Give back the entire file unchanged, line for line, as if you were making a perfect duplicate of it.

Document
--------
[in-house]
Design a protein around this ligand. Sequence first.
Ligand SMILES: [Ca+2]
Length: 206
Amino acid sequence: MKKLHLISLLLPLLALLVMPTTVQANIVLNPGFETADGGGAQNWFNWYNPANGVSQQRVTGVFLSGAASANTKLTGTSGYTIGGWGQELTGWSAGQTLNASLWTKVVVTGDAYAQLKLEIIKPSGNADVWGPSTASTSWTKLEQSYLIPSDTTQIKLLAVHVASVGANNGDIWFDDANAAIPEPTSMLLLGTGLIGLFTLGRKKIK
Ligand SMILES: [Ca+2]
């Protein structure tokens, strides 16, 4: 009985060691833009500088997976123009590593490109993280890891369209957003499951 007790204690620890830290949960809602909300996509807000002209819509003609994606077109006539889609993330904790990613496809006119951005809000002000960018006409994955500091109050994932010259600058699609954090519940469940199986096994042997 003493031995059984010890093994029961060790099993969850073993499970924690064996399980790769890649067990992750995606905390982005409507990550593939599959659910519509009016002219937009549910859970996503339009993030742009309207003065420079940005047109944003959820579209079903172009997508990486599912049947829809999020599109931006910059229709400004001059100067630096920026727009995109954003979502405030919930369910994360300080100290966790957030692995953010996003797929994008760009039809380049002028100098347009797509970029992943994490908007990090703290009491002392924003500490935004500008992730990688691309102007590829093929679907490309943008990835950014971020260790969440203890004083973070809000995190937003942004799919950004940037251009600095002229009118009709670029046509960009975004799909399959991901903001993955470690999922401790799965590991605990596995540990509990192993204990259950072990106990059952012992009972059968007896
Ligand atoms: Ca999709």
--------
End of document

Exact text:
[in-house]
Design a protein around this ligand. Sequence first.
Ligand SMILES: [Ca+2]
Length: 206
Amino acid sequence: MKKLHLISLLLPLLALLVMPTTVQANIVLNPGFETADGGGAQNWFNWYNPANGVSQQRVTGVFLSGAASANTKLTGTSGYTIGGWGQELTGWSAGQTLNASLWTKVVVTGDAYAQLKLEIIKPSGNADVWGPSTASTSWTKLEQSYLIPSDTTQIKLLAVHVASVGANNGDIWFDDANAAIPEPTSMLLLGTGLIGLFTLGRKKIK
Ligand SMILES: [Ca+2]
């Protein structure tokens, strides 16, 4: 009985060691833009500088997976123009590593490109993280890891369209957003499951 007790204690620890830290949960809602909300996509807000002209819509003609994606077109006539889609993330904790990613496809006119951005809000002000960018006409994955500091109050994932010259600058699609954090519940469940199986096994042997 003493031995059984010890093994029961060790099993969850073993499970924690064996399980790769890649067990992750995606905390982005409507990550593939599959659910519509009016002219937009549910859970996503339009993030742009309207003065420079940005047109944003959820579209079903172009997508990486599912049947829809999020599109931006910059229709400004001059100067630096920026727009995109954003979502405030919930369910994360300080100290966790957030692995953010996003797929994008760009039809380049002028100098347009797509970029992943994490908007990090703290009491002392924003500490935004500008992730990688691309102007590829093929679907490309943008990835950014971020260790969440203890004083973070809000995190937003942004799919950004940037251009600095002229009118009709670029046509960009975004799909399959991901903001993955470690999922401790799965590991605990596995540990509990192993204990259950072990106990059952012992009972059968007896
Ligand atoms: Ca999709």